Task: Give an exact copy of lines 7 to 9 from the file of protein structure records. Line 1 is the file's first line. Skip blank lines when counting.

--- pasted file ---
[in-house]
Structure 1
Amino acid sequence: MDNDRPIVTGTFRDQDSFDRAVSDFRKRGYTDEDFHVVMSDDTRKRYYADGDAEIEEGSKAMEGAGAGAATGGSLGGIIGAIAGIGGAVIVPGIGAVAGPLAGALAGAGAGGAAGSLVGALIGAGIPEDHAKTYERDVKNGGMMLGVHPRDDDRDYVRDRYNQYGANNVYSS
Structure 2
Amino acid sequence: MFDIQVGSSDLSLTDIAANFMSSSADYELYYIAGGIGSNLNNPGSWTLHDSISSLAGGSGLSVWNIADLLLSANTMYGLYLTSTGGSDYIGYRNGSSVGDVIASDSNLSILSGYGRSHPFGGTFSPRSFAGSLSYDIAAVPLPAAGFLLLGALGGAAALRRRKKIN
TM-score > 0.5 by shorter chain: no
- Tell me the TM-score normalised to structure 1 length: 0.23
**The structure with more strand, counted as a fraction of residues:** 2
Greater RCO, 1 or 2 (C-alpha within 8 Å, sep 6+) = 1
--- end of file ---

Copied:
- Tell me the TM-score normalised to structure 1 length: 0.23
**The structure with more strand, counted as a fraction of residues:** 2
Greater RCO, 1 or 2 (C-alpha within 8 Å, sep 6+) = 1